Michael Thompson's Australian Storm Chase Diary

8th March 2003 - Severe storm, Illawarra, NSW

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It looks worse than it actually was - Wollongong, NSW

Today was not overly unstable, CAPE and Lift Index values were conservative. However there was a slow moving surface trough and a developing upper trough that held promise. Hopes were further boosted as severe storms had developed further down the coast on the evening of the 7th.

Early morning middle layer cloud burnt off around noon to partly sunny skies. Dew points were modest, not exactly sultry, but not dry either. Around 2pm a persistent weak line of showers was SW of the Illawarra. A visual check showed much ragged cumulus development over the Illawarra escarpment, but still no storms. I headed out anyway aiming to be onto the southern highlands in time to catch anticipated development.

Rapid development near Barren GroundsA developing gust front

Barren Grounds, NSWThe storm steps off the escarpment and starts to move coastal

On top of the pass I could get a better scope of the situation. To the south of Robertson on the escarpment edge was a rapidly developing cell which was part of a convergence line of sorts. To the west of this line there was only weakish cumulus and some larger storms about 150kms distance to the west. I headed towards the cell near Barren Grounds - part of the Illawarra escarpment ( and the wettest ). The storm developed rapidly with a severe gust front developing. I encountered torrential rain, small hail and strong winds. Wanting photos and not hail dents I retreated northwards and watched the storm as it moved off the escarpment and onto the coast. I took interest in the fact that it did not die once off the highlands, in fact it still looked severe over the coast. Normally on my chases, once on the highlands I do not return to the coast as I have to contend with a frustrating mountain pass. However today was different, there was no seabreeze inversion. There was a seabreeze, but it was still warmer on the coast then the highlands. In late Spring - Summer the reverse is more often the case with the highlands sitting above the seabreeze inversion actually being hotter - this is a convection killer for the coast. Today I chose to return to the coast. Twenty minutes later at the base of the pass I was rewarded with the view of a developing line of convection over the southern areas of Wollongong.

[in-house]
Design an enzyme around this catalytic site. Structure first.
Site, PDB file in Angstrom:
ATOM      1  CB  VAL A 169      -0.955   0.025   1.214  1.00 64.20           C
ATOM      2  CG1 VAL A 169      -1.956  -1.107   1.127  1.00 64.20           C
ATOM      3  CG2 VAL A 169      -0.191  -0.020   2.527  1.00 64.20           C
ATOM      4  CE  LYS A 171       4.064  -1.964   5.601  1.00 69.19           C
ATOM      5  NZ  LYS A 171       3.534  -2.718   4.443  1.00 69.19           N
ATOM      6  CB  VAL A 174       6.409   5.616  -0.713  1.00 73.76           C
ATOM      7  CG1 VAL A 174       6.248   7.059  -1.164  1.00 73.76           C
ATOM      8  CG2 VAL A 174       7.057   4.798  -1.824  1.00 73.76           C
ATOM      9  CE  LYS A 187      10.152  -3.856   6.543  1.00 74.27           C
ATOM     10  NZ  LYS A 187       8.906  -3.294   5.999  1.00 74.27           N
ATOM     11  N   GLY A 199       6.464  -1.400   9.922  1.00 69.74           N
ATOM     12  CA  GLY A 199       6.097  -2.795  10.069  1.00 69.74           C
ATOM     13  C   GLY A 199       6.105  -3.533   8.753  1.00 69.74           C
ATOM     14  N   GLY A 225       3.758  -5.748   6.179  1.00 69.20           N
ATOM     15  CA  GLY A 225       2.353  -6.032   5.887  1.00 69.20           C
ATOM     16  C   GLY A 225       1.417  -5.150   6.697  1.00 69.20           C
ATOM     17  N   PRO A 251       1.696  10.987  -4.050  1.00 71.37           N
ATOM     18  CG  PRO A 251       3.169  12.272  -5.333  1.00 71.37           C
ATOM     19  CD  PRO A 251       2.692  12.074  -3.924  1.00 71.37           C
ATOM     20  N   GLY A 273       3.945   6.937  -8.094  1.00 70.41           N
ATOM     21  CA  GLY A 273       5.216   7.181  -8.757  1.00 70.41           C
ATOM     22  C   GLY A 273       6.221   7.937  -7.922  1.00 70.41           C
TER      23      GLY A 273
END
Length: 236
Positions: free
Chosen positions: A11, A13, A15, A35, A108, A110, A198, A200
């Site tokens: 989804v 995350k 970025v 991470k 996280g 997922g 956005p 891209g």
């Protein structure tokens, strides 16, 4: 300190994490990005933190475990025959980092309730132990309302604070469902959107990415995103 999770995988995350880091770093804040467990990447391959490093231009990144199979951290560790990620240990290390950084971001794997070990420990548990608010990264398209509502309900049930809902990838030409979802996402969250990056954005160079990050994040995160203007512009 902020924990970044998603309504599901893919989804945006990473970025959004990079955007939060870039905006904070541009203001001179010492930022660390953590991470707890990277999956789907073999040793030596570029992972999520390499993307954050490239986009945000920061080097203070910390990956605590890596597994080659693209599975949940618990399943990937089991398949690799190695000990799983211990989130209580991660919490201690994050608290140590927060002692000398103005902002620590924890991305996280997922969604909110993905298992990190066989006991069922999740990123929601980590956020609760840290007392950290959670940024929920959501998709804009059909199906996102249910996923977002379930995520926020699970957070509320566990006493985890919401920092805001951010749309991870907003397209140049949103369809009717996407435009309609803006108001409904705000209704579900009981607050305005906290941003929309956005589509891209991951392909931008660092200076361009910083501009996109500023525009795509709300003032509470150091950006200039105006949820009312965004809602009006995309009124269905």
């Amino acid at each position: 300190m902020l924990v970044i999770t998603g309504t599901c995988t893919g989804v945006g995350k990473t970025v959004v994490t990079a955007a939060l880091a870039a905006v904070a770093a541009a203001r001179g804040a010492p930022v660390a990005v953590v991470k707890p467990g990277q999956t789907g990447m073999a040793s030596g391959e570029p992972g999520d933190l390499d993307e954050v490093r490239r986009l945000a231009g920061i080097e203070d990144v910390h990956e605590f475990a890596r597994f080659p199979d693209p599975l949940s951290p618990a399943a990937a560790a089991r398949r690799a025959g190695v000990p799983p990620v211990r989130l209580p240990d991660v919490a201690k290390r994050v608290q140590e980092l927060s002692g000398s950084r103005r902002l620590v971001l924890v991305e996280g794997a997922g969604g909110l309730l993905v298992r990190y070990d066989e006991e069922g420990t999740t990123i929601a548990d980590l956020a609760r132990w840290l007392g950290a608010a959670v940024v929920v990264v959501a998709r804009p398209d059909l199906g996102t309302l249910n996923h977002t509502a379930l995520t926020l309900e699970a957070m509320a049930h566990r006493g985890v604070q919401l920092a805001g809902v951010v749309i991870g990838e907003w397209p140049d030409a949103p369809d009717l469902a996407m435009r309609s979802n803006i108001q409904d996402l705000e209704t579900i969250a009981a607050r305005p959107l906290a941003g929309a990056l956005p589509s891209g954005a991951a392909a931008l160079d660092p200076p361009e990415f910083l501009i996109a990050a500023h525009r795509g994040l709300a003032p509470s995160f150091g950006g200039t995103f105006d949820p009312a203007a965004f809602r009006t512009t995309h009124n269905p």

Although anvil and rain outflow was to the E/SE, the small updraft core of the storm moved NE along the escarpment. On two to three occasions when it looked like weakening it would kick again. I followed the line from Wollongong's southern suburbs, into Wollongong itself then back up the Illawarra escarpment north of Wollongong. North of Wollongong and just SW of Darkes Forest the storm reached another severe phase with strong winds and a rotating updraft base. The rotation was not supercell, it was in my opinion just surface convergence. At Darkes Forest township I was lucky enough to experience some rain free base CG's. Several bolts came down in small a radius with canon blast thunder.

Illawarra escarpment, BulliThe storm starts a new severe stage - Darkes Forest, NSW

Inflow is evidentThe storm updraft becomes more circular

Right over the township of Darkes ForestCG action hits a peak at this stage

The storm is now weakening rapidly

An excellent chase day where I got to follow the one storm system for three hours.